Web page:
Khadim Hussain Rizvi says Pakistan Army chief has assured his group their demands will be met
Law minister Zahid Hamid resigned on Monday after the embattled PMLN government bowed to demands from a small Islamist group, striking a deal with the help of the military to end a weeks-long anti-blasphemy protest.
At the site of the sit-in, which had blocked a major road into Islamabad, demonstrators were slowly packing up tents and walking to bus stops as shops and markets reopened for the first time since the protest began.
Khadim Hussain Rizvi and his supporters from the once-obscure Tehreek-i-Labaik Ya Rasool Allah group had paralyzed the capital since Nov. 6 with just 2,000 demonstrators, enraging millions of commuters and the judiciary who blasted the government for hesitating to act against them.
Analysts said the capitulation to him and his supporters was an unsettling sign of the influence even marginal religious groups wield in Pakistan and an embarrassment for the government before elections due in 2018.
The demonstrators demanded the resignation of law minister Hamid over a hastily-abandoned amendment to the wording of an oath which election candidates must swear. The change was small and quickly reversed, but Labaik linked it to blasphemy, a hugely charged issue in the Muslim-majority country.
The ruling Pakistan Muslim League (Nawaz) remained silent on Monday, with no official comment on the report by state media that Hamid had resigned. But a triumphant Rizvi called off the sit-in in a statement to supporters, saying the Army had guaranteed their demands would be met and thanking the military chief for “playing his role.”
“Respected Army chief General Qamar Javed Bajwa had sent his representatives and we signed the agreement with them,” he claimed.
The declaration, as well as a widely-circulated text of the agreement signed by Rizvi, the interior minister and Major General Faiz Hameed, among others, spurred the Islamabad High Court to demand the government give a full accounting of the Army’s role in the deal. The government had called on the military to intervene to restore law after police and paramilitaries bungled an attempt on Saturday to dislodge the protesters.
The move sparked clashes that left at least seven people dead and ignited protests across the nuclear-armed nation of 207 million people. But the Army had still not publicly responded to the government’s call by Monday, fueling rampant speculation about what was going on behind the scenes.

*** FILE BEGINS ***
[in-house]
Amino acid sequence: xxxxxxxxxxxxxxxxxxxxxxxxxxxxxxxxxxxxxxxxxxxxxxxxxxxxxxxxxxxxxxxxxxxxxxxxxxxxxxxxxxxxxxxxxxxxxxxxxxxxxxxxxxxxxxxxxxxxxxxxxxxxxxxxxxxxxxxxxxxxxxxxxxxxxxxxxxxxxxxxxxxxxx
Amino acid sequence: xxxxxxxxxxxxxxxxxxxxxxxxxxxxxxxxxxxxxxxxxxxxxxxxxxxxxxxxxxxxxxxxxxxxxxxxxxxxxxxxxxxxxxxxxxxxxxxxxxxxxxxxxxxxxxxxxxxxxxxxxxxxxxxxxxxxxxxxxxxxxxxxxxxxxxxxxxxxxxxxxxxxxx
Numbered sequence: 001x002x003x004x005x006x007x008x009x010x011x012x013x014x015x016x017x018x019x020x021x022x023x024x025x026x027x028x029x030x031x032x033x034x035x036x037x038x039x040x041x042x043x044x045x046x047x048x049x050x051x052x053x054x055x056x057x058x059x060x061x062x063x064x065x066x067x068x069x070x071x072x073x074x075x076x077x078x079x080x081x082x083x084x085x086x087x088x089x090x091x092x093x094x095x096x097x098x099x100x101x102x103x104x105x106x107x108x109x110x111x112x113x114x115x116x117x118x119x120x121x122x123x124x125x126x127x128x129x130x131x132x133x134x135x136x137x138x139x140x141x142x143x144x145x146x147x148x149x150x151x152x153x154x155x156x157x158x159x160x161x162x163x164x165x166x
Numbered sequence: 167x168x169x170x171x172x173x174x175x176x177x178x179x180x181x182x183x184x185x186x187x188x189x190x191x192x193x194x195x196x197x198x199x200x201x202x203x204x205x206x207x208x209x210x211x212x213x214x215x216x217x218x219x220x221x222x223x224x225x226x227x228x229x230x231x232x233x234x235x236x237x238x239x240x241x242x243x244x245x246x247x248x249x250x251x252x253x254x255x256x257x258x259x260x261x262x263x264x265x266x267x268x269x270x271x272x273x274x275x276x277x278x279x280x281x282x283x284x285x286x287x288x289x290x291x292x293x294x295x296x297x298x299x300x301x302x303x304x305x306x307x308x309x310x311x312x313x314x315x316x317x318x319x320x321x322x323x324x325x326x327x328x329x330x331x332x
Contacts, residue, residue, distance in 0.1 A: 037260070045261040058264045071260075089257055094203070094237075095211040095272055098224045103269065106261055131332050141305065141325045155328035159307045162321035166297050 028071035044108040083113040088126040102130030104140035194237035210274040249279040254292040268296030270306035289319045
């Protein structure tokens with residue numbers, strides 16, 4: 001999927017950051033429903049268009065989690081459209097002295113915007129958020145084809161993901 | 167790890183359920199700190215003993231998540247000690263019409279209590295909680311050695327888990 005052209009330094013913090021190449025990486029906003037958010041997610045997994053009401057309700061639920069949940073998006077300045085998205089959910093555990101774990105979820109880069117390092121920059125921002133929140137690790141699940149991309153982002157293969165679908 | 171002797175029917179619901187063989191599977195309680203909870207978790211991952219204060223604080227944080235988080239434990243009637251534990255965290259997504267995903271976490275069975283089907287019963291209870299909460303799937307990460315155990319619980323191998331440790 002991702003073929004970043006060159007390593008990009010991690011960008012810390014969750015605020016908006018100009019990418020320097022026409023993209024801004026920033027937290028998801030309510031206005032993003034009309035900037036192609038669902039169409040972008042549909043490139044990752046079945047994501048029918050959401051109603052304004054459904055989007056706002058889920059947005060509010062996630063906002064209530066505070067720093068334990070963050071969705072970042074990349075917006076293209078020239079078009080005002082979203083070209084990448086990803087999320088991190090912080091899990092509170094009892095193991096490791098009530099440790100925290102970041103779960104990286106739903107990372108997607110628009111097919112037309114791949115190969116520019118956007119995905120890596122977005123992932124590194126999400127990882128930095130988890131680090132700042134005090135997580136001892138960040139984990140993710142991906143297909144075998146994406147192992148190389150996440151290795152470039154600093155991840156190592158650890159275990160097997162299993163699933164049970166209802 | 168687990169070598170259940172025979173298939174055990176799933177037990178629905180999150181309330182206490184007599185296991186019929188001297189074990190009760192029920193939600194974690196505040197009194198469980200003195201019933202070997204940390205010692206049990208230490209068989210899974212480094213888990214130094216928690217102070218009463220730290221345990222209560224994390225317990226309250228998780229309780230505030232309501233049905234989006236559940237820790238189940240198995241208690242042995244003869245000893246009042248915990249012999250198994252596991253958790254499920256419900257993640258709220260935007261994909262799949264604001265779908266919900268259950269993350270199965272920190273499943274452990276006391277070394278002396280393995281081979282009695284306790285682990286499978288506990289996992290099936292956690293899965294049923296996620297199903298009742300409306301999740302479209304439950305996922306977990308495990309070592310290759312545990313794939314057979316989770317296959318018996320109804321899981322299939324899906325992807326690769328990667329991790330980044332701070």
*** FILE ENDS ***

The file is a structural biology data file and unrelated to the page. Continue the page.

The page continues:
Hameed’s signature on the text agreement was “most alarming” and Rizvi’s gratitude to Army chief Bajwa was “strange,” Judge Shaukat Aziz Siddiqui said in an order that was made public as the official silence continued on Monday.
Analysts said the government had been so undermined it had been left with no option but to seek the help of the Army, widely seen as the most powerful institution in Pakistan. “They wanted to put the Army against the protesters, and when the military refused… the government was left with no way out,” said analyst Rasul Bukhsh Rais. “The government’s capacity is eroded,” he said. “Nobody was willing to listen to them.”
“It was our goal to be martyred for the honor of [Islam’s] Prophet,” one protester, 19-year-old Mehboob Ahmed, told AFP at the protest site in Islamabad. “We fought fearlessly but I feel sad and regret that I could not get martyrdom.”
Authorities had initially hesitated to act over the sit-in. Pakistan’s civilian government has long pulled its punches in such situations, fearing that a crackdown on a religious group would incite blowback, as it has in the past.
Minister Hamid’s ousting is the latest in a series of heavy blows to the ruling party. In July Nawaz Sharif was deposed as prime minister by the courts over graft allegations, while finance minister Ishaq Dar—also accused of corruption—has taken indefinite medical leave.
Observers had previously warned that capitulation would set a dangerous precedent. “Politically, this is a major embarrassment for the PMLN,” analyst Hasan Askari told AFP, adding that it would undermine their credibility and predicting more defections. He also warned it had strengthened the position of hardline groups like Labaik.
Labaik comes from the Barelvi sect of Islam that has strong ties to Sufism, a mystical branch of the religion seen as moderate. It emphasizes personal devotion to Islam’s Prophet. However, the execution in 2016 of Barelvi follower Mumtaz Qadri—who assassinated liberal Punjab governor Salman Taseer over his stance on the blasphemy laws—appears to have galvanized Rizvi and his followers.
Askari warned that the decision by Labaik and other Islamist parties to contest the upcoming elections could further weaken the PMLN. The party has previously benefited from the right-wing religious vote.